Want more climate action? Let’s show how good a planet-friendly life can be

Climate Change 2018 UNEP

Human activity will further warm the Earth, with dramatic effects on weather, sea-levels and the Arctic. (UN Environment, 2018)

This article is brought to you thanks to the strategic cooperation of The European Sting with the World Economic Forum.

Author:  Pia Heidenmark Cook, Chief Sustainability Officer, IKEA Group

This summer, jubilant weather reports celebrating hot, sunny summer days morphed into alarming stories about devastating drought in Australia, deadly heatwaves in Japan and Europe and catastrophic fires in California, Greece and even the Arctic Circle in Sweden. Climate change feels closer to home for many more of us today.

The need to accelerate the global movement for low-carbon living has never been more urgent. But how can we channel the concern and momentum generated by these extreme weather events to enable more people to take action?

Governments, NGOs, writers, campaigners and brands such as IKEA, who want to help unlock more climate action, have a huge opportunity to educate, motivate and empower. To help us do this, at IKEA Group we have distilled everything we learned from a major consumer study on how people think, feel and act in relation to climate change into a very practical guide: the Climate Activation Framework. It is designed to help us communicate more effectively in encouraging customers to take climate action.

Here is a summary of the key findings from the research:

We need a positive vision for a climate-friendly future

While recent events have moved climate change into the mainstream media and our social media feeds, our research tells us that we need to balance these stories with an alternative narrative if we’re to inspire more people to take action. Surveying 14,000 people across 14 countries we learned that, while most people felt they had heard more about climate change in the last year, far fewer felt they knew a lot about it. And only 3% of people mentioned solutions when asked for spontaneous associations with climate change – most focused on destructive outcomes for people and the planet. Our focus groups concluded that many cannot imagine what a climate-friendly future would look like.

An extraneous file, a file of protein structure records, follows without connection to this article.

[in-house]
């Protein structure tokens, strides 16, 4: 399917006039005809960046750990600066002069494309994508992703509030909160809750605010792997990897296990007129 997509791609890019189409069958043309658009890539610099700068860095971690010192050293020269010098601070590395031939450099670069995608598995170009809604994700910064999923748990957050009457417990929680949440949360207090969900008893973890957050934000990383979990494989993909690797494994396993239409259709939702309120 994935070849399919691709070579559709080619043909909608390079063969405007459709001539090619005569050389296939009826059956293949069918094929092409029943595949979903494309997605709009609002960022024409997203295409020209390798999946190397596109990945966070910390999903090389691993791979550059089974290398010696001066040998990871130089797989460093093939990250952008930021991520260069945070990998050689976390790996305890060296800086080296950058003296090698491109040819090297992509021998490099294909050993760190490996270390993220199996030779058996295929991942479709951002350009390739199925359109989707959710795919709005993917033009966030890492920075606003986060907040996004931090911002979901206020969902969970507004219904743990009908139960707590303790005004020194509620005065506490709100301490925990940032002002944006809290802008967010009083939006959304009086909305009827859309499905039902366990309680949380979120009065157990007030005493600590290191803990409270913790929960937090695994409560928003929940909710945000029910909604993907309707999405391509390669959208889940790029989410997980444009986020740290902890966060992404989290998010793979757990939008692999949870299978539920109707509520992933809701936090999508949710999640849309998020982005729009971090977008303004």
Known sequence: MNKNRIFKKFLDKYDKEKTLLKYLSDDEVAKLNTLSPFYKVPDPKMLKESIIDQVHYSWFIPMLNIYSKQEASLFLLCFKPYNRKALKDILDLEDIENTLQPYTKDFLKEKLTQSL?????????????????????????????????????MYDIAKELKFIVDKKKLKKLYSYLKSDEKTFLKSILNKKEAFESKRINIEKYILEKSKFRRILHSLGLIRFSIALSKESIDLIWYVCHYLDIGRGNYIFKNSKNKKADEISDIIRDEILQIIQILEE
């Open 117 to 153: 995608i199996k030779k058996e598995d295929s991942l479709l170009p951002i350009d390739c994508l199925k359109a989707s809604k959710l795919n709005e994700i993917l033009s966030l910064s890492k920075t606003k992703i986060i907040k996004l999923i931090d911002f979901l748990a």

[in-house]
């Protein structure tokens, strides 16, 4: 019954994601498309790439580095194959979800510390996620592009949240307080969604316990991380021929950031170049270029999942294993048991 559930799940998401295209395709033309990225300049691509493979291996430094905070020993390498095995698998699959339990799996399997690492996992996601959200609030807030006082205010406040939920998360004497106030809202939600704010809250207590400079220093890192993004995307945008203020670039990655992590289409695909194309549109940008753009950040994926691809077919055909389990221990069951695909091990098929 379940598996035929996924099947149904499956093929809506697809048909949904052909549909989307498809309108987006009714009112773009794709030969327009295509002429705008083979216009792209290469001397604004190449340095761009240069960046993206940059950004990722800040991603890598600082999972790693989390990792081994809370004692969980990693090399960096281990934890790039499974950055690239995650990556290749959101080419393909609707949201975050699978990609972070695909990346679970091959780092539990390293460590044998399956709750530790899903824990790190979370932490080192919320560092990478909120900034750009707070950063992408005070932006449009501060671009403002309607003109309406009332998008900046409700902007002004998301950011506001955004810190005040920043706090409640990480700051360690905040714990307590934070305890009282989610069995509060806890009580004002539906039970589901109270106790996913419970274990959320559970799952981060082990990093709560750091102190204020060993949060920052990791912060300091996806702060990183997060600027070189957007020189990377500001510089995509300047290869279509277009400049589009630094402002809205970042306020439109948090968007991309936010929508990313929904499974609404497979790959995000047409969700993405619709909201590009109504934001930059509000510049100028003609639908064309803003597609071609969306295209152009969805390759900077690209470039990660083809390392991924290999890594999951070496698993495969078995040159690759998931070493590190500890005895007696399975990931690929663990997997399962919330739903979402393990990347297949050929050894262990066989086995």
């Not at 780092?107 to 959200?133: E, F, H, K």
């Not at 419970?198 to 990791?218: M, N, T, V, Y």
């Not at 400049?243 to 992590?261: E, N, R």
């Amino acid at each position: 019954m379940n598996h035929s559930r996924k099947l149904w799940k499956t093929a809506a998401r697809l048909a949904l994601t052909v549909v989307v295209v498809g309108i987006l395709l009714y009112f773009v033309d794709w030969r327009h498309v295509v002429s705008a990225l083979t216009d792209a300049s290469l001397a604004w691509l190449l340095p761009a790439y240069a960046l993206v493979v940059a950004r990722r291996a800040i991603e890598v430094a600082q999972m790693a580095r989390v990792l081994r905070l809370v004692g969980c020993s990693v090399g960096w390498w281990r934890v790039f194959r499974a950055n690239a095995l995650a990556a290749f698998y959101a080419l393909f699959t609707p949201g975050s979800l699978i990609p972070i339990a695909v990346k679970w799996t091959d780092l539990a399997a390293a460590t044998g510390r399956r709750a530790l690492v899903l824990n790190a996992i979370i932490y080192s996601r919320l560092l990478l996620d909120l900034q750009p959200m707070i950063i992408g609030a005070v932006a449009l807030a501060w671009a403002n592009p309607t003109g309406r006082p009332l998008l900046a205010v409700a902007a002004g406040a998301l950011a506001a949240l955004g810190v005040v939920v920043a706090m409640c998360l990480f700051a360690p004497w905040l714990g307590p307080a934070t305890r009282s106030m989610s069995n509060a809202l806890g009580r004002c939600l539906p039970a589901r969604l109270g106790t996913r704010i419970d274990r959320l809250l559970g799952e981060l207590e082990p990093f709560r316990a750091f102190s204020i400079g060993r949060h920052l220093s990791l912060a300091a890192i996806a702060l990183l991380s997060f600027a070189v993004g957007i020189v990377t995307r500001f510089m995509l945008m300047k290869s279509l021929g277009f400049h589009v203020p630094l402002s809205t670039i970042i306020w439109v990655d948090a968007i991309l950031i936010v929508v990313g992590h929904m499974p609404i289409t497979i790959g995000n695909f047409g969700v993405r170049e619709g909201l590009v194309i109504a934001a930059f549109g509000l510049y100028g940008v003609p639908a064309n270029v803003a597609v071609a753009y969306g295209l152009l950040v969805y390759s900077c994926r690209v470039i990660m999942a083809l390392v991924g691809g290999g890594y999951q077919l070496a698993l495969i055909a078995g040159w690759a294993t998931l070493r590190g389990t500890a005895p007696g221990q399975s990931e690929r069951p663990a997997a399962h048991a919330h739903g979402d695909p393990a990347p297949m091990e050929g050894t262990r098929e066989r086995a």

Question: What comes to your mind when you think about global warming?

Question: What comes to your mind when you think about global warming?
Image: IKEA

To tackle this, we need to start by connecting people’s aspirations for a better life with a more sustainable way of living. More than ever, we need to galvanise tastemakers across every discipline and cultural arena to lead the movement for making climate action accessible and appealing to the many. The World Business Council for Sustainable Development’s Good Life 2.0 Playbook aims to support this by showing marketers and creatives the rich possibilities we have to build on the movement we are already seeing. And to overcome the challenges highlighted in our research, we also need communicators to inspire optimism that we can solve climate change if we are to stop the narrative of an apocalyptic future in an uninhabitable world becoming a self-fulfilling prophecy.

Knowledge drives action

Many of us want to do more – in fact, 90% of those we surveyed said they were willing to change their behaviour to reduce their impact on the climate. So what’s stopping us? The biggest barriers identified in our research included not knowing what to do, lack of confidence that our actions will make any difference, and perceptions that it will cost more or be a hassle.

Barriers preventing individual action on climate change.

Barriers preventing individual action on climate change.
Image: IKEA